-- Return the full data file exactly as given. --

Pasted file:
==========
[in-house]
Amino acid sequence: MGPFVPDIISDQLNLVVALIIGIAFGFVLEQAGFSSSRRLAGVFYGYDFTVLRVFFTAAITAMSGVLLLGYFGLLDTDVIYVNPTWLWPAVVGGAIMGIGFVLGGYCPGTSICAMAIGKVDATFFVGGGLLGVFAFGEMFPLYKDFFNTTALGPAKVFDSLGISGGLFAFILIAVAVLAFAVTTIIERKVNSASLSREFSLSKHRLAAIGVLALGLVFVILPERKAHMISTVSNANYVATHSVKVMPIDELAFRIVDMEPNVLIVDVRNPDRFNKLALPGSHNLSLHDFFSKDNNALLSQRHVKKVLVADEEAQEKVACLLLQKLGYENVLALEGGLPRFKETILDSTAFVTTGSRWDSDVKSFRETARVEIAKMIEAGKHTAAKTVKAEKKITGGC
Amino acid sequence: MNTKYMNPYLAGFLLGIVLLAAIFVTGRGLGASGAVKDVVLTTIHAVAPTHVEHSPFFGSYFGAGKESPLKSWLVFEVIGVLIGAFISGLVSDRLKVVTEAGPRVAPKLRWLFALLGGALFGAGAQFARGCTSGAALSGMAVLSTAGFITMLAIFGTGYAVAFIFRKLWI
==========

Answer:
[in-house]
Amino acid sequence: MGPFVPDIISDQLNLVVALIIGIAFGFVLEQAGFSSSRRLAGVFYGYDFTVLRVFFTAAITAMSGVLLLGYFGLLDTDVIYVNPTWLWPAVVGGAIMGIGFVLGGYCPGTSICAMAIGKVDATFFVGGGLLGVFAFGEMFPLYKDFFNTTALGPAKVFDSLGISGGLFAFILIAVAVLAFAVTTIIERKVNSASLSREFSLSKHRLAAIGVLALGLVFVILPERKAHMISTVSNANYVATHSVKVMPIDELAFRIVDMEPNVLIVDVRNPDRFNKLALPGSHNLSLHDFFSKDNNALLSQRHVKKVLVADEEAQEKVACLLLQKLGYENVLALEGGLPRFKETILDSTAFVTTGSRWDSDVKSFRETARVEIAKMIEAGKHTAAKTVKAEKKITGGC
Amino acid sequence: MNTKYMNPYLAGFLLGIVLLAAIFVTGRGLGASGAVKDVVLTTIHAVAPTHVEHSPFFGSYFGAGKESPLKSWLVFEVIGVLIGAFISGLVSDRLKVVTEAGPRVAPKLRWLFALLGGALFGAGAQFARGCTSGAALSGMAVLSTAGFITMLAIFGTGYAVAFIFRKLWI